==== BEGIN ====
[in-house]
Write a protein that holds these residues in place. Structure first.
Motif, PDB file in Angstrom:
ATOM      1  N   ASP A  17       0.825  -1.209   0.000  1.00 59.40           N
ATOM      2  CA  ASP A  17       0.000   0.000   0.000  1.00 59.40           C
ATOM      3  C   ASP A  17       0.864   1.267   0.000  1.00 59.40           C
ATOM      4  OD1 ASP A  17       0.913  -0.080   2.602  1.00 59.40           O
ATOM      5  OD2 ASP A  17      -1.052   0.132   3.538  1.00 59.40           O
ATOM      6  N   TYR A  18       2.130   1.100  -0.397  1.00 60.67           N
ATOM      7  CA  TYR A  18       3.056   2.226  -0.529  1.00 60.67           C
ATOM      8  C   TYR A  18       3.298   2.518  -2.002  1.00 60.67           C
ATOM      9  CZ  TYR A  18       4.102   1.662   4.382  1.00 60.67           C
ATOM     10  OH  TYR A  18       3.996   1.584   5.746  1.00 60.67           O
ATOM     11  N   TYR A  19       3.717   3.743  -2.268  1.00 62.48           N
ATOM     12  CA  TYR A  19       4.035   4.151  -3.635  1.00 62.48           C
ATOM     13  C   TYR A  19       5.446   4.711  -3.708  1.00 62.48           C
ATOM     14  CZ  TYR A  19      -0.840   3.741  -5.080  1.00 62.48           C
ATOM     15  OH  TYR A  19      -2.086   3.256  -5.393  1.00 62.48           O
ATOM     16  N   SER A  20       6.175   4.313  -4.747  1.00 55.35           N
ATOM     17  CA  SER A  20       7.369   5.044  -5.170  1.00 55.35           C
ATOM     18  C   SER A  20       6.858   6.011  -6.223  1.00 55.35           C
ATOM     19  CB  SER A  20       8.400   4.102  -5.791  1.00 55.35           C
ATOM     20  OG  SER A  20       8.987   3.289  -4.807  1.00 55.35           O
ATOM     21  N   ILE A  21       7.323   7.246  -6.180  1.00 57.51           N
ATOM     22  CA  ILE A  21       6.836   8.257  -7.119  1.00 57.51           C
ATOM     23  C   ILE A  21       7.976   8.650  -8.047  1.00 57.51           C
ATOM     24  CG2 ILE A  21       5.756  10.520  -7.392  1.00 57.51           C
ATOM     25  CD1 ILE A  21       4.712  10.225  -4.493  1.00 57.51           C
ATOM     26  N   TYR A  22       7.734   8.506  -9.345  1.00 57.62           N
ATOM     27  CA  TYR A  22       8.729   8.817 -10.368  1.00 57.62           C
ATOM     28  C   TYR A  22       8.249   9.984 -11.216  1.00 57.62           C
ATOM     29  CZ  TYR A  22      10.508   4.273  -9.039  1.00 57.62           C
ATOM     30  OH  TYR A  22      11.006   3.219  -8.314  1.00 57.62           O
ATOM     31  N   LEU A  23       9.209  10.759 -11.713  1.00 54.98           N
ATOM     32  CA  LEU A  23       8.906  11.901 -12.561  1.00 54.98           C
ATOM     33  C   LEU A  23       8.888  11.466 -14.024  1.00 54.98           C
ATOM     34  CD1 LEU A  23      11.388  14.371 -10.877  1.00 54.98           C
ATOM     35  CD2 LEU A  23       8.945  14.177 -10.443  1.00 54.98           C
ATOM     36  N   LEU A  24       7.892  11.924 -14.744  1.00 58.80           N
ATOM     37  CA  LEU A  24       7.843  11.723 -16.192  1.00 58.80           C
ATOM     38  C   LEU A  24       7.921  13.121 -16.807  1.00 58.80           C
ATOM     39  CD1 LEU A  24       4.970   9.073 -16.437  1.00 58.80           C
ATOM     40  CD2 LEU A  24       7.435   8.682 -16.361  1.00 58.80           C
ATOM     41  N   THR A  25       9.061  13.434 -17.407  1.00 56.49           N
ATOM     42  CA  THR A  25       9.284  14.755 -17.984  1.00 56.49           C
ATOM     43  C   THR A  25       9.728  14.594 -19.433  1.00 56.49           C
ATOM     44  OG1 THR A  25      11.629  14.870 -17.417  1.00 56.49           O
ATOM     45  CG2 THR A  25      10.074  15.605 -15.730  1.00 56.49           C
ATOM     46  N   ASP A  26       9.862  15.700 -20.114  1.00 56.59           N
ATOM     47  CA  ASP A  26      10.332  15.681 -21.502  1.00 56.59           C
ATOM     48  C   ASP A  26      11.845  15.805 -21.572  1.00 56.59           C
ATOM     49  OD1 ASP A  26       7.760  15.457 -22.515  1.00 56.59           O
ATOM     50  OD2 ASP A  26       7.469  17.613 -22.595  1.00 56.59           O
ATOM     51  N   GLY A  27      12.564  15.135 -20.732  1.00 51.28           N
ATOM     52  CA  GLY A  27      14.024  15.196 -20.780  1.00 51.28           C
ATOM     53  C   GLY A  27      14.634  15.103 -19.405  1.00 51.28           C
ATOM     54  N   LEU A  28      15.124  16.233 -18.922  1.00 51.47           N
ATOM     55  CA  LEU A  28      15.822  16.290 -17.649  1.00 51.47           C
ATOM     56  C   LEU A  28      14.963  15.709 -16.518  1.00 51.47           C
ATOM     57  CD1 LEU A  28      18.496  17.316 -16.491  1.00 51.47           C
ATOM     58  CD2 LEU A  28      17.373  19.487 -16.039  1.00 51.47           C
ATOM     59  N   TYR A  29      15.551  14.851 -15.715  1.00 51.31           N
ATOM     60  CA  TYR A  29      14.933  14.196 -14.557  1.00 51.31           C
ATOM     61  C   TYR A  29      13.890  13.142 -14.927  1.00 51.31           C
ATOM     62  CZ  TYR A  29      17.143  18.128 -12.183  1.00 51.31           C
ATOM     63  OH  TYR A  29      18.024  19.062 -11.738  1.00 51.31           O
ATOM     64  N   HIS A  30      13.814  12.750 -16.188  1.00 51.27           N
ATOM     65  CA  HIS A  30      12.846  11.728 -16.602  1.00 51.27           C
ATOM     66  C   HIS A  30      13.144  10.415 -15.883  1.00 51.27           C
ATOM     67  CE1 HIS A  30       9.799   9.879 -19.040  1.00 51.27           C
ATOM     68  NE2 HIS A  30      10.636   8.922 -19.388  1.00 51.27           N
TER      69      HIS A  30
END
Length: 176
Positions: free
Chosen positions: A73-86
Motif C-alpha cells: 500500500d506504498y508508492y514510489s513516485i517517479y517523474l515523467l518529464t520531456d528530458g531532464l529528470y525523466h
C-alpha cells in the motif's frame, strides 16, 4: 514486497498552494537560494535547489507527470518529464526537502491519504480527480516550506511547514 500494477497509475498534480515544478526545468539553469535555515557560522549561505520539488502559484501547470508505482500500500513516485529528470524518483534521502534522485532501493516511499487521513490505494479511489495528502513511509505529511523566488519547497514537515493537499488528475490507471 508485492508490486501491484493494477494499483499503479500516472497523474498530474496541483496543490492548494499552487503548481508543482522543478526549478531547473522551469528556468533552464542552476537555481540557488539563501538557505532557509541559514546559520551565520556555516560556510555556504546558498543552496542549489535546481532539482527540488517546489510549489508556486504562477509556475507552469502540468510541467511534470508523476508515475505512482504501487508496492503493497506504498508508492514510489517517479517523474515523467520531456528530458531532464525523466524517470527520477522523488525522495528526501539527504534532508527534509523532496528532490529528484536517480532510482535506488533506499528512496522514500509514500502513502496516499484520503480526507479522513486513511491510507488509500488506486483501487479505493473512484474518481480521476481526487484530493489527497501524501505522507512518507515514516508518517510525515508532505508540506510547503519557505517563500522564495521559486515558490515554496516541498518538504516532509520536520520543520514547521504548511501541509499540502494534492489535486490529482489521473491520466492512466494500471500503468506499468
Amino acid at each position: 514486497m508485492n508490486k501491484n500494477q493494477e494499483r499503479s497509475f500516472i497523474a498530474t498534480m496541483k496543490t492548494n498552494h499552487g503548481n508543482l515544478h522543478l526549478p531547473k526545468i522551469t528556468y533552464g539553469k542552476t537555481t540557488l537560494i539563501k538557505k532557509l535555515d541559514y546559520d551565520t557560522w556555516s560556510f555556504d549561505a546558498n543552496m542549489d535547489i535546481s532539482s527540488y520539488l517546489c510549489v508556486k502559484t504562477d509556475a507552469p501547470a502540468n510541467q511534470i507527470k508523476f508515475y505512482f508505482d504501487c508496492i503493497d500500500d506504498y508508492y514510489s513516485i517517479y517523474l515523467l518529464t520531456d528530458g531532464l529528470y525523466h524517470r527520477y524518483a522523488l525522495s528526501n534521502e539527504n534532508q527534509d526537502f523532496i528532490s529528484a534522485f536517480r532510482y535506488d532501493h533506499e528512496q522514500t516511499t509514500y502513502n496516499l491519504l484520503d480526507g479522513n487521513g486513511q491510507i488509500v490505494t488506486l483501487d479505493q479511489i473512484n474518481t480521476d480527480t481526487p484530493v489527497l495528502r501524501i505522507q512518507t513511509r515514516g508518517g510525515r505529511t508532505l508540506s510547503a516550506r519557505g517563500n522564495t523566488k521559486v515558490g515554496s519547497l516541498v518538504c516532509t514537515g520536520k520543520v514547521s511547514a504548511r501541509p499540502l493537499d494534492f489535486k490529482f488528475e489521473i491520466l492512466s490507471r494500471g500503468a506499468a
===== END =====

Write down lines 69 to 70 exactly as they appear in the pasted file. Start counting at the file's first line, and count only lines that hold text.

ATOM     66  C   HIS A  30      13.144  10.415 -15.883  1.00 51.27           C
ATOM     67  CE1 HIS A  30       9.799   9.879 -19.040  1.00 51.27           C